The following table summarizes the estimated service usages and the free usage limits available during and after the free trial period.

Resource type


Free usage limit

IoT Core / Device

~3000 events in a calendar month
(31 days x 24 hrs x 4 events)
< 1 KB / event

250 MB / Calendar month free

Minimum event size used for pricing: 1024 bytes

IoT pricing

Cloud Pub/Sub

~3000 ingestion / ~3000 deliveries in a calendar month
(31 days x 24 hrs x 4 events)

Minimum of 1000 bytes are assessed for charging. Therefore it is recommended to batch process events in our case.

First 10 GB of usage is free. It includes message pulls, too.
Cloud Scheduler

1 scheduler job
(31 job days)

3 jobs per month are free.

Scheduler jobs are assessed as job-days for pricing. The free limit is 93 job-days.

Cloud Scheduler pricing

Cloud Function

~3000 invocations in a month

Outbound data to Google API only.

128 MB of RAM (200 MHz CPU) and 10 seconds of time:
- 6000 GHz-seconds
- 3840 GB-seconds

The first 2 million invocations in a month are free.

Free outbound data to Google APIs.

400,000 GB-seconds, 200,000 GHz-seconds of compute time and 5GB of Internet egress traffic per month are free.

Cloud Functions pricing

Ingesting ~3000 rows per month.
<1 KB / row.

Data ingestion is free.
The first 10 GB data storage per month is free.
First 1 TB of query data processed per month is free.

BigQuery pricing

Pub/Sub Topic

Create a Pub/Sub topic that will be used for storing the collected data from the sensors.

The role of this topic is to decouple the solution elements and let other components consume and process the captured device data in various ways. For example, real-time ingestion of device data into BigQuery or other databases is possible by subscribing a cloud function on the Pub/Sub topic. GCP provides a default Pub/Sub-to-BigQuery ingestion template with Google Cloud Dataflow (which is based on Apache Beam). This subscription can be created on the GCP Console and a basic setup doesn’t require any coding.

In our case we will use the GCP resources sparingly and implement batch processing of the Pub/Sub messages with a scheduled cloud function rather than letting Google invoke the function on every message.

Pub/Sub subscription

In our case a pull subscription is needed so that we can consume the messages in batches in regular intervals.

IoT registry

To manage IoT devices in the cloud, an IoT registry needs to be created in your project in a preferred region.

A registry is a container of devices that share some properties.

The protocol we are going to use to connect to IoT Core is MQTT.

MQTT is a lightweight machine-to-machine protocol which is a good for communicating IoT sensor data. See more at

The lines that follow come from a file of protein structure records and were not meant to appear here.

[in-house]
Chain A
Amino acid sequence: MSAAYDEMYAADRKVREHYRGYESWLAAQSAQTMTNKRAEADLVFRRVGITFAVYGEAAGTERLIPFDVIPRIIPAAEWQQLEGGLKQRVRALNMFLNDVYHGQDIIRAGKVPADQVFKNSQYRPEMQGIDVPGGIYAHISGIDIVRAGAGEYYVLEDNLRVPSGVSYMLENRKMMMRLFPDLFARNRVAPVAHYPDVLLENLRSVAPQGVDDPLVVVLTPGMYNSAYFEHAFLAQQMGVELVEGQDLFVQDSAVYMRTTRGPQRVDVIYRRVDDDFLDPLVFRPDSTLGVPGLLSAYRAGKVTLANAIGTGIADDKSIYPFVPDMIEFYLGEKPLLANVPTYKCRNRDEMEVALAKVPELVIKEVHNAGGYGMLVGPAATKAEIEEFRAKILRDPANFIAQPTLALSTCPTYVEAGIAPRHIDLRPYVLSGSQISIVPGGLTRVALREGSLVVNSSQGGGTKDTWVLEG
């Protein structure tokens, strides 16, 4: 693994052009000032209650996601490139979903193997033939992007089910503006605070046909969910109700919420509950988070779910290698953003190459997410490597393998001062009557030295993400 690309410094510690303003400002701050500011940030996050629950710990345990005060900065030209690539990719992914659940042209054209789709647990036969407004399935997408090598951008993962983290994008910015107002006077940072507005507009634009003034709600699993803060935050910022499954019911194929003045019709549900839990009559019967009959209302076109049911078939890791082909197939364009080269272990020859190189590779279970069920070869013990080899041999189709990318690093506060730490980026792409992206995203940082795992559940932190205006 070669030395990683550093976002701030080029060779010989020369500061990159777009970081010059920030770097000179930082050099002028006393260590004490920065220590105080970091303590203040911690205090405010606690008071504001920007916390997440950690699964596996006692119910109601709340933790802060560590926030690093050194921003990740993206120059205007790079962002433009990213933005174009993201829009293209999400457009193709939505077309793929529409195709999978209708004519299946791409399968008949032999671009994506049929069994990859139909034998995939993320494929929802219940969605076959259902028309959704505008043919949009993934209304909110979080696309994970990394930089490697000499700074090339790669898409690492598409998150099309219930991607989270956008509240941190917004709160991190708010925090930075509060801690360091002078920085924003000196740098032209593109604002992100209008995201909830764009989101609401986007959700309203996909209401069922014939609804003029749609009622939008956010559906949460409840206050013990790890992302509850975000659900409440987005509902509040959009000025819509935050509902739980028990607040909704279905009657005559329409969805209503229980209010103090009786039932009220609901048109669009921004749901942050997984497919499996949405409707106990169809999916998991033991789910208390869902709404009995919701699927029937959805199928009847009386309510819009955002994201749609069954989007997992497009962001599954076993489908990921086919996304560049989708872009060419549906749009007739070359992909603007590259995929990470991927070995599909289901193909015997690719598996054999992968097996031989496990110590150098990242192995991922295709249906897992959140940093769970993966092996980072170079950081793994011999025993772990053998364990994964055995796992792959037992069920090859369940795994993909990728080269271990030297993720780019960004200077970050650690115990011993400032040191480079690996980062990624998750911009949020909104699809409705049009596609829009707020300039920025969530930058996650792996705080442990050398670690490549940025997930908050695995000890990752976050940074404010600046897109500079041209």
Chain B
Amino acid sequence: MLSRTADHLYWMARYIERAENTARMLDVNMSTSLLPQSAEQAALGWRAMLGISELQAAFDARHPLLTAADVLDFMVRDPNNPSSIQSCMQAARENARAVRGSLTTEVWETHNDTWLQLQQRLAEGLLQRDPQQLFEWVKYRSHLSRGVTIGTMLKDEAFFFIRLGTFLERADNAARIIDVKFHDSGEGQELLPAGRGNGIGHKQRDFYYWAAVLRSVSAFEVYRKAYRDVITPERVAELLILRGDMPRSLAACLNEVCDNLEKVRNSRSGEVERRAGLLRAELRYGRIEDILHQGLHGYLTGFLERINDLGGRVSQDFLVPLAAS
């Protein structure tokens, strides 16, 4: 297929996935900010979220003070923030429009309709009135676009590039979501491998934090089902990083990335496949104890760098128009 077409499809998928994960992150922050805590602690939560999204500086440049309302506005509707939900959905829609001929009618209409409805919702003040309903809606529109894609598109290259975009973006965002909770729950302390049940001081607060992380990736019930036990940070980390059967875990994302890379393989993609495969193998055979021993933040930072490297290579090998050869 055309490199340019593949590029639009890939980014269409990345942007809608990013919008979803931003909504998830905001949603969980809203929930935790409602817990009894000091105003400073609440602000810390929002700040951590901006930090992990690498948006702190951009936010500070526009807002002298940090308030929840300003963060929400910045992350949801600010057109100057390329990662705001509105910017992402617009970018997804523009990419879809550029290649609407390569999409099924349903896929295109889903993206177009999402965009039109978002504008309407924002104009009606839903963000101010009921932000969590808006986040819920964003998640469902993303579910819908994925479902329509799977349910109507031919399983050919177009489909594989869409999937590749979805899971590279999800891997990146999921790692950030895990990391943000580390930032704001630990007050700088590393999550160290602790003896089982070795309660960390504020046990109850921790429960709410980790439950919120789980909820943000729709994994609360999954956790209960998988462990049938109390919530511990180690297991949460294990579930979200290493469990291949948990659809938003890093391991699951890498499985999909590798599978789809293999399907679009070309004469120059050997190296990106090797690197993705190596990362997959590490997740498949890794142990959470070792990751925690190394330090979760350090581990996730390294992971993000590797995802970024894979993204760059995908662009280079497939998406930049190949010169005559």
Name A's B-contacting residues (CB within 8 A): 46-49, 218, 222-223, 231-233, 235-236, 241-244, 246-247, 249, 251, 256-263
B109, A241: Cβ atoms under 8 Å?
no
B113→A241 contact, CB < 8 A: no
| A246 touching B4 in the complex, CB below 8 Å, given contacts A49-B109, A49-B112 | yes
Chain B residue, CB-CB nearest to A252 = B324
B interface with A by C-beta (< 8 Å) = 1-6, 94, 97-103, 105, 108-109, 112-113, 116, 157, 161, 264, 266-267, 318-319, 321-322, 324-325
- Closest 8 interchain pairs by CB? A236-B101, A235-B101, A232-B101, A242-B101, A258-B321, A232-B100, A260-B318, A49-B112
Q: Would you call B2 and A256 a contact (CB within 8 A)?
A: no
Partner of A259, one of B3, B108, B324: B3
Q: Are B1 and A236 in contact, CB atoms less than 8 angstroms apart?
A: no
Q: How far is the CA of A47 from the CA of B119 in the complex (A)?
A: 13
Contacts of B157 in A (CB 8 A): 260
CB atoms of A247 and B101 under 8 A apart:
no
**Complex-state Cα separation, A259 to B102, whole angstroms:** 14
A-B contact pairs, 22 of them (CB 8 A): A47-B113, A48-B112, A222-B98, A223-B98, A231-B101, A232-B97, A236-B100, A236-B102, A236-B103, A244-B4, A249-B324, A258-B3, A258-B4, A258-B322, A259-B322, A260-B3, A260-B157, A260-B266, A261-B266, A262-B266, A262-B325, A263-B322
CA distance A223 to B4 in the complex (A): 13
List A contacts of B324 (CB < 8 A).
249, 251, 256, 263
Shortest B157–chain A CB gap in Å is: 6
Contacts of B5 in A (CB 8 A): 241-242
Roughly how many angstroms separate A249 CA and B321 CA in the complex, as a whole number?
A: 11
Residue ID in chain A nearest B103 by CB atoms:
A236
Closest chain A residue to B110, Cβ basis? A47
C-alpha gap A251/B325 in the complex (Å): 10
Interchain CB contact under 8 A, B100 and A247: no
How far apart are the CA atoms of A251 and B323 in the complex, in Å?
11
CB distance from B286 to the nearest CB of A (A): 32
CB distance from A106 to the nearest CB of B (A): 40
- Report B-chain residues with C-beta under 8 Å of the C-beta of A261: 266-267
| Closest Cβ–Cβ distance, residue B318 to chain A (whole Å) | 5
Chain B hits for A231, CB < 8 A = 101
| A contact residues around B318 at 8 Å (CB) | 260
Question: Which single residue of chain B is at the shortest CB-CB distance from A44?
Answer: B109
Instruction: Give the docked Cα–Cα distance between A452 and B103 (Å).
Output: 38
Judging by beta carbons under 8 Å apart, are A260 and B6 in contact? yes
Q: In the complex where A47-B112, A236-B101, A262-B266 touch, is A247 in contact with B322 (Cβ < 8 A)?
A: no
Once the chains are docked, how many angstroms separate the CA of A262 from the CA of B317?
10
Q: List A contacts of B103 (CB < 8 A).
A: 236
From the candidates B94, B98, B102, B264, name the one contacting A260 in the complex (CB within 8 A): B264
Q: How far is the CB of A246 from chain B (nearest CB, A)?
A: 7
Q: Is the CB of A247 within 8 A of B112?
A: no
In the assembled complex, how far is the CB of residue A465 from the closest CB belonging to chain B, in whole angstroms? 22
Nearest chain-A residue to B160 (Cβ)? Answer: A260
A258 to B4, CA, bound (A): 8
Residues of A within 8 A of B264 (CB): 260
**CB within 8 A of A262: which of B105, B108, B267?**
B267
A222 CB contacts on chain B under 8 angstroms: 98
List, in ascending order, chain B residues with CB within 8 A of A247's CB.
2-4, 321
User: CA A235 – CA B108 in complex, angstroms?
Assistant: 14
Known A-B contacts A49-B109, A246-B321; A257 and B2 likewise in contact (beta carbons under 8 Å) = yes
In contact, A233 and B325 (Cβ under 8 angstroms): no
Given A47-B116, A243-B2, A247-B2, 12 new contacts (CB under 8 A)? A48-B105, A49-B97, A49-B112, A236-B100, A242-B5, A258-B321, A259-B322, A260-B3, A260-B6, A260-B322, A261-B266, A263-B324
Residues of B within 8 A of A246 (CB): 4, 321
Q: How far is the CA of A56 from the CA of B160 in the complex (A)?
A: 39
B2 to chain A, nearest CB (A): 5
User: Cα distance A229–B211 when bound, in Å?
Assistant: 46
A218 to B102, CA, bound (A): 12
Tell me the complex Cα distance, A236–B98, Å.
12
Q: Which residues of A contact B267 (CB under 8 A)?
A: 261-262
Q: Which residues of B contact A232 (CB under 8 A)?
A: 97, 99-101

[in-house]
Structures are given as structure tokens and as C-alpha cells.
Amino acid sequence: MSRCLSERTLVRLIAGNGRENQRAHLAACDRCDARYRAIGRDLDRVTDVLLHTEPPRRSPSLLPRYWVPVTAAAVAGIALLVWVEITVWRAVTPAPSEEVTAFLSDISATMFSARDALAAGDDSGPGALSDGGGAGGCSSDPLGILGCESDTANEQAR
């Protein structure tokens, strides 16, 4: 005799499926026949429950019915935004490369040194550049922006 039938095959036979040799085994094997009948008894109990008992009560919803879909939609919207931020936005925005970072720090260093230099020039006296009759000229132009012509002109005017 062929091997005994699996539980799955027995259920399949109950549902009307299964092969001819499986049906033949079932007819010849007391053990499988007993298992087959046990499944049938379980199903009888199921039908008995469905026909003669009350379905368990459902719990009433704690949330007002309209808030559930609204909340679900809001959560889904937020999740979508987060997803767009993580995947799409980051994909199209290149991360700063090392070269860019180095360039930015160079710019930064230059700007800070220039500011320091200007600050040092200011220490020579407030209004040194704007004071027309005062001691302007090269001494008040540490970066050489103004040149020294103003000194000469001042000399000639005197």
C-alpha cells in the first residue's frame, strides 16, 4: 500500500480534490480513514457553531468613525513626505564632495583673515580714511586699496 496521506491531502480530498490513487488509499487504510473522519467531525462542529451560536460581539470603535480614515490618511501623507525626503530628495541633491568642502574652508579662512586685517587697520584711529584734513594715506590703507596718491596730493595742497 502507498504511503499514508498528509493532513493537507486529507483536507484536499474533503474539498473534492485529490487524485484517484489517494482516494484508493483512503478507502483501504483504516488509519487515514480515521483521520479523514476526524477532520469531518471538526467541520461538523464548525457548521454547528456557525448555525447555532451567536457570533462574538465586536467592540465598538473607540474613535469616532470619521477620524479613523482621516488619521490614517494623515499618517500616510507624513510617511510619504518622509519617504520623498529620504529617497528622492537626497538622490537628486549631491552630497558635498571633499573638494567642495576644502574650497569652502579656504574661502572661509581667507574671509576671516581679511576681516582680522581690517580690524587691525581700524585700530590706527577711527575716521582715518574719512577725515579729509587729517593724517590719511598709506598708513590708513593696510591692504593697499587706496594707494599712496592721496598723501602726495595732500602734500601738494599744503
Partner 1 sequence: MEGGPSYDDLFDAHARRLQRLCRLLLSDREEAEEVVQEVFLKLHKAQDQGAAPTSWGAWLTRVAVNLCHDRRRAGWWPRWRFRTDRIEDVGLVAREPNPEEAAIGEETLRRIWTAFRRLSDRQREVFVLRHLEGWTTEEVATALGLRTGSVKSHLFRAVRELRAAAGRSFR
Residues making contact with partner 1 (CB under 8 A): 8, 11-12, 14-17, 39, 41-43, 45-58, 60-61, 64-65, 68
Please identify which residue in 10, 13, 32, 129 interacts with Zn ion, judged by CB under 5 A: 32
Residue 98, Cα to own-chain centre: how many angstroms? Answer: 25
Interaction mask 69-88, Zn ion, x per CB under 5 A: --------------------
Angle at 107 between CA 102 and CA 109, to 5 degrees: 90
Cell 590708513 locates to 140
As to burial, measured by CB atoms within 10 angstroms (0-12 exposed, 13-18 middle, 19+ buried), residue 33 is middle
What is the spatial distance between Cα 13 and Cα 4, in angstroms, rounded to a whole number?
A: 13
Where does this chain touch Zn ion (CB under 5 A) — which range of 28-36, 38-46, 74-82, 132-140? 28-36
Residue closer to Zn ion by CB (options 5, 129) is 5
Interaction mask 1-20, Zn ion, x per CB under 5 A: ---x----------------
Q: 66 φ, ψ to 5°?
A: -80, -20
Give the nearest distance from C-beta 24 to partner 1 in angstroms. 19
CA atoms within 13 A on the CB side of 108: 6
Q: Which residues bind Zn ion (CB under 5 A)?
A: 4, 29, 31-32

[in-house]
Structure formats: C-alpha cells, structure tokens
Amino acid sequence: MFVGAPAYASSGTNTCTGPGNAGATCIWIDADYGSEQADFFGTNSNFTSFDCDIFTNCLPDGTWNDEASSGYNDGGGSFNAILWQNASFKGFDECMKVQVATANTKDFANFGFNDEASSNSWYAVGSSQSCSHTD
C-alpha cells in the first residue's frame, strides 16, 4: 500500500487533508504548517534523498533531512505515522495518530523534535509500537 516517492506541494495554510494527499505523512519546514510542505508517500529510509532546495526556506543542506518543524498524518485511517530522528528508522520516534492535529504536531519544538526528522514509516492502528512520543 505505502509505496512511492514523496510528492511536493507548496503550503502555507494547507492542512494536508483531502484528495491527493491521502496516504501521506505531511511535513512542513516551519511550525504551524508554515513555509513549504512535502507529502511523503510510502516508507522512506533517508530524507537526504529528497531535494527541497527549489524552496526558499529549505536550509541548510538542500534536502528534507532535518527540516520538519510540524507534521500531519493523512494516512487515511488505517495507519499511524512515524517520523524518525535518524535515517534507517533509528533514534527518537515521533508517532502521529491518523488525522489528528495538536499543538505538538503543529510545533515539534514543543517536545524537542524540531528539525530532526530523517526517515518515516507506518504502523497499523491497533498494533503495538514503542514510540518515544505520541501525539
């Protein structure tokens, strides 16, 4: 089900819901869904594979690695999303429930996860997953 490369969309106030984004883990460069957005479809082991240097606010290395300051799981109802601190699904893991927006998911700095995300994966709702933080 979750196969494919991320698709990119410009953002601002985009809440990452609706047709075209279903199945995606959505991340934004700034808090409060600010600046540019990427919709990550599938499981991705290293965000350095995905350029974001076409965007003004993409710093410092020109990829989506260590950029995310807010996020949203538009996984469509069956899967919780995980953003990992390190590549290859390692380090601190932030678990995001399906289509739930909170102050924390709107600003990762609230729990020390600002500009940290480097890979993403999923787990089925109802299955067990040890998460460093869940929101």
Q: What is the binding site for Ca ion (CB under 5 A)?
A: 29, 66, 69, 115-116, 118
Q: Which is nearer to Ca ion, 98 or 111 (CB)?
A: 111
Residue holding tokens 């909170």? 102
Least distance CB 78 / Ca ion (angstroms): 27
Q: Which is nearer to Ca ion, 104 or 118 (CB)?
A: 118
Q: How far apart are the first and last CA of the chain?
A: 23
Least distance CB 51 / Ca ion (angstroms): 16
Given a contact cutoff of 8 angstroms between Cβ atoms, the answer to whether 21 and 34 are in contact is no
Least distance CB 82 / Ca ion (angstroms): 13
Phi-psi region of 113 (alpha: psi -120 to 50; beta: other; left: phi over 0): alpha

The telemetry topic needs to be set to the Pub/Sub topic created previously.

IoT Device

In order to connect the device securely, we generated an RSA X509 key pair for the Raspberry Pi earlier.
Locate the public key file (, copy its contents and use it in the next step where a device will be created inside the previously created IoT registry.

Go to the GCP IoT Core, open the registry created earlier and add a new device. Paste the public key file’s contents into the Public key value field.

BigQuery dataset

Create a BigQuery dataset in your preferred location.
Then create a table and add the following fields:

  • device_id
  • timestamp
  • temperature
  • humidity

This schema support multiple devices and has a timestamp field that will be useful for making analysis on the collected data, drawing linecharts, etc.

Remember the dataset ID and the table name.

Ingesting data from Pub/Sub into BigQuery

There are several options available.

1. Using the Google-provided DataFlow streaming templates
If you are looking for a quick solution, you can use the Google-provided DataFlow templates that import data from Pub/Sub Topic/Subscription to BigQuery.
I am not aware of an always-free limit for the Cloud DataFlow service, so please consult the pricing page before using this option.

2. Cloud function with Pub/Sub trigger
When deploying a Cloud function, you can select the Pub/Sub trigger type and point to a Pub/Sub topic. Your function will be invoked when a message lands in the Pub/Sub topic.
This option is suitable for solutions with near-real time data processing requirements.
I didn’t choose this option for my solution because I wanted to control when and how frequently my function will be called.

3. Scheduled Cloud function consuming Pub/Sub with a pull subscription
In this case we deploy a cloud function with a HTTP trigger and setup a Cloud Scheduler job that will invoke the function on regular intervals. The function will (batch) process all messages that were published into the Pub/Sub topic since the last invocation.

Next we are going to develop a Cloud function for option 3.

The Cloud function

The function pulls and acknowledges messages from the Pub/Sub topic and imports them into the BigQuery table.